New York’s state Senate passed a bill that would limit how the use of rap lyrics can be presented as evidence in court, Pitchfork reports.
New York’s State Senate approved Bill S7527, also known as “Rap Music on Trial,” Tuesday (May 17), which would limit prosecutors’ use of song lyrics and other forms of “creative expression” as evidence in criminal cases. The bill will not exclude the use of song lyrics altogether, but prosecutors will now have to argue that the lyrics are “literal, rather than figurative or fictional.”
The bill was sponsored by Senators Jamaal Bailey and Brad Hoylman and received public support from influential hip-hop artists such as Jay-Z, Meek Mill, Killer Mike, Fat Joe, and more.
In January, Jay’s lawyer, Alex Spiro, sent a letter to state lawmakers urging the bill to be passed per Complex.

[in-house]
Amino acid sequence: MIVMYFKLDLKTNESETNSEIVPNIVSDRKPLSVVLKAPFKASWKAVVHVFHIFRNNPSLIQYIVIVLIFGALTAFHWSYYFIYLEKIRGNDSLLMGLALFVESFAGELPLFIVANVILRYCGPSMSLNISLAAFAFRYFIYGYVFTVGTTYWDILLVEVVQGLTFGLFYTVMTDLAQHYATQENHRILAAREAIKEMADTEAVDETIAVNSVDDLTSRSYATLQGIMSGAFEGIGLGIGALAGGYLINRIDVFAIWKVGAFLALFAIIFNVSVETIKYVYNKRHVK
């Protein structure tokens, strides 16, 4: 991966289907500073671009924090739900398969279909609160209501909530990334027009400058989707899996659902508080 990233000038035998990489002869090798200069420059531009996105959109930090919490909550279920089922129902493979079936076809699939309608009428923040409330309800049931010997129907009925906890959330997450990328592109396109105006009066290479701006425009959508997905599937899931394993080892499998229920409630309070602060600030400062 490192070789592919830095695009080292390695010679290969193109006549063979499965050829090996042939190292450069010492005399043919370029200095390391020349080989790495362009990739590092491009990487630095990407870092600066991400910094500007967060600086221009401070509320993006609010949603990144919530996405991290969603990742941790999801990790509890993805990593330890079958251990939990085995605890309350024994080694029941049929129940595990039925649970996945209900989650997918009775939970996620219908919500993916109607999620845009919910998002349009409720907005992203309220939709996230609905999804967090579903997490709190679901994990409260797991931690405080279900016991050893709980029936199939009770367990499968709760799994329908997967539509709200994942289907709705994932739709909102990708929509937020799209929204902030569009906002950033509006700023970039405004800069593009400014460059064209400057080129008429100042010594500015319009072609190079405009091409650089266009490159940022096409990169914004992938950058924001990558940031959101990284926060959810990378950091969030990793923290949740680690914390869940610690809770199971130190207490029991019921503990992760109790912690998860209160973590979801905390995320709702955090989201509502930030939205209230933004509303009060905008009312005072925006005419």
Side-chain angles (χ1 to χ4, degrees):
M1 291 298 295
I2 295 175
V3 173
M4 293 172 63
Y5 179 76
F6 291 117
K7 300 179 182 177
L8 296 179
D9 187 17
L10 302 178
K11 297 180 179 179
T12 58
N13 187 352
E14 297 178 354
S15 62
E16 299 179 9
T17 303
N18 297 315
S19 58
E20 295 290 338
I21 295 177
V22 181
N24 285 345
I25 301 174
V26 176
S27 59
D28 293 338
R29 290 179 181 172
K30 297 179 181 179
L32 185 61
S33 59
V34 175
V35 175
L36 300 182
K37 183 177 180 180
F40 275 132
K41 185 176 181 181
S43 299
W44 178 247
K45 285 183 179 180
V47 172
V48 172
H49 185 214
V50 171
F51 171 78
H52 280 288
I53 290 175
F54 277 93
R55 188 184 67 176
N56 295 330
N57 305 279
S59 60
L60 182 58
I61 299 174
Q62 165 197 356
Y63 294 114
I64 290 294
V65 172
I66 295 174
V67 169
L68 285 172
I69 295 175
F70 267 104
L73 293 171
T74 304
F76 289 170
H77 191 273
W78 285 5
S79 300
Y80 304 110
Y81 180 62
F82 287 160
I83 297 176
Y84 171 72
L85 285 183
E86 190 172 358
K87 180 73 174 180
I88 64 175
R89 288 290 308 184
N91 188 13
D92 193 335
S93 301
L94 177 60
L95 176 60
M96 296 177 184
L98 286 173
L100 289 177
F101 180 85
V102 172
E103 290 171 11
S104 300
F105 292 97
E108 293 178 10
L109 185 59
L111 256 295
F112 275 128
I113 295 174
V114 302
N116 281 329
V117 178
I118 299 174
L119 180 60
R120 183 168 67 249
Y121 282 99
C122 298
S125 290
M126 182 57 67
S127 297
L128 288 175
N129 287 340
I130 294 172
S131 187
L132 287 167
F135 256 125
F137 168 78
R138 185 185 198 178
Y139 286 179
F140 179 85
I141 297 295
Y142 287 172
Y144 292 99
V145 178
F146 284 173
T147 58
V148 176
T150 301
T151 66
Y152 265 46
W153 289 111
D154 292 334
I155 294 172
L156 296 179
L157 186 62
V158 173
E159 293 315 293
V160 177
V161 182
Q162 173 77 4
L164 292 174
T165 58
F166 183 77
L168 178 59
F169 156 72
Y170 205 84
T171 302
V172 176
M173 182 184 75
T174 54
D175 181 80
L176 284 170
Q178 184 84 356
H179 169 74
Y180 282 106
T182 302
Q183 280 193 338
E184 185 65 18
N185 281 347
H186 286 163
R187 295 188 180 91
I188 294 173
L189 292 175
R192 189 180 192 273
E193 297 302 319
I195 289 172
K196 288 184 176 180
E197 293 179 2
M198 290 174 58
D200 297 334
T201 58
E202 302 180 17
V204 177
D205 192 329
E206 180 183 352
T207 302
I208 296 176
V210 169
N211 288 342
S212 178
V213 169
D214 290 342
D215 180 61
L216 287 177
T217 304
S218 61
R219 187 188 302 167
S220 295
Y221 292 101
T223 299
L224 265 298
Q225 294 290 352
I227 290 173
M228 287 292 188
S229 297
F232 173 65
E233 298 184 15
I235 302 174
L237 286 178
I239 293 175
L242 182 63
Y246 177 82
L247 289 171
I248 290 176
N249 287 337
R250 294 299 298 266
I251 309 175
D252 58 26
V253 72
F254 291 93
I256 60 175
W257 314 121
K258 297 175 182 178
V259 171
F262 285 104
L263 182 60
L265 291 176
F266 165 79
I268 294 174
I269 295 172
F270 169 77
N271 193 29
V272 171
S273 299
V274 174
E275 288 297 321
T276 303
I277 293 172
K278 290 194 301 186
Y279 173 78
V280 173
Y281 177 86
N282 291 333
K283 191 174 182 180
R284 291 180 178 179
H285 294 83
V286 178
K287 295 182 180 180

“This is an issue that’s important to (Jay-Z) and all the other artists that have come together to try to bring about this change,” Spiro said. “This is a long time coming. Mr. Carter is from New York, and if he can lend his name and his weight, that’s what he wants to do.”
The use of rap lyrics used as evidence is not uncommon. Rapper Mac Phipps was convicted of manslaughter in 2001, and prosecutors cited his lyrics as evidence during his trial. Phipps reflected on what this bill being passed meant to him.
“Criminal cases should be tried on factual evidence, not the creative expression of an artist, but unfortunately, hip hop has been held to a very different standard in the criminal justice system within the last three decades,” Phipps said per the outlet. “The passage of the New York bill gives me hope that situations like the one that I faced will be prevented from happening to other artists in the future.”
Before the bill can be enacted, it must still pass the state assembly.
The passing of Bill S7527 comes just a week after Young Thug, Gunna, and other members of YSL were hit with RICO charges in which prosecutors have been relying on song lyrics impart for their indictment.